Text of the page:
The views expressed, are my own and not those of my employer, or Microsoft,
    or anyone else associated with me, including my cats.
    -----------------------------------------------------
     
    Phillip Windell, Sep 17, 2008
    #8
  9. Phillip Windell wrote:
    > "Mike Brind [MVP]" <> wrote in message
    > news:...


    > Yep familar names :) Although I haven't seen Aarons Bertand's name
    > around much anymore. I had breakfast with Bob Barrows one morning at
    > one of the previous MVP Summits, but I don't know if he remembers me.
    > Curt Christianson may have been at the table too, but its all getting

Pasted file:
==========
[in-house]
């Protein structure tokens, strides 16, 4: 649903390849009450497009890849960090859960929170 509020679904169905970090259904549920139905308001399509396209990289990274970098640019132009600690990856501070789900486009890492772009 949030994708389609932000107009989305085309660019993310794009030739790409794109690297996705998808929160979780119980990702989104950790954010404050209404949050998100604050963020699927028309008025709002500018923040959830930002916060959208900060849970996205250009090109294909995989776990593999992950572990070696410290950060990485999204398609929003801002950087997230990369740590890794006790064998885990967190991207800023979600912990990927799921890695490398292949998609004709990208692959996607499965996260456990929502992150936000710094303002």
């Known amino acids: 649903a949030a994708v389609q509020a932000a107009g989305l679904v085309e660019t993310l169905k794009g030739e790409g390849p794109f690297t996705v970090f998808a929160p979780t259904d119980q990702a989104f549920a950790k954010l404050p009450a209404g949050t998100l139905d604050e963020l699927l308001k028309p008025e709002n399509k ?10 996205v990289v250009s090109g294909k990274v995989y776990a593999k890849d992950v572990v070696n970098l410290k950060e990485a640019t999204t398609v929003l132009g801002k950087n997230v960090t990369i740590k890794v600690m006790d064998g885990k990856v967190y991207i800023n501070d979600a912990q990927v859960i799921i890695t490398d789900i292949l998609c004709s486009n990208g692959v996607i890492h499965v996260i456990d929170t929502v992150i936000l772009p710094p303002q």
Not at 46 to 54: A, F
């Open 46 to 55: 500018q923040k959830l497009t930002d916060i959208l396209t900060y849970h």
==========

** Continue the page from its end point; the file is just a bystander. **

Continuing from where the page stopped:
> a little fuzzy now. I have not been in the MVP program for about a
    > year and a half now.

    Your memory is fine, i would say :)
    --
    Microsoft MVP - ASP/ASP.NET
    Please reply to the newsgroup. This email account is my spam trap so I
    don't check it very often. If you must reply off-line, then remove the
    "NO SPAM"
     
    Bob Barrows [MVP], Sep 17, 2008
    #9
  10. "Mike Brind [MVP]" wrote:
    > Visual Web Developer is completely free, and its footprint is about
    > a third that of Team Suite (from memory). Might be worth a look...


    Unless things have changed from the last time I used it, Visual Web
    Developer 2008 has dropped support (Intellisense, code formatting, etc.) for
    classic ASP. This is a real shame, because VWB 2005 was a great IDE for
    classic ASP work. The full Visual Studio 2008 seems to have no such
    problems.



    --
    Dave Anderson

    Unsolicited commercial email will be read at a cost of $500 per message. Use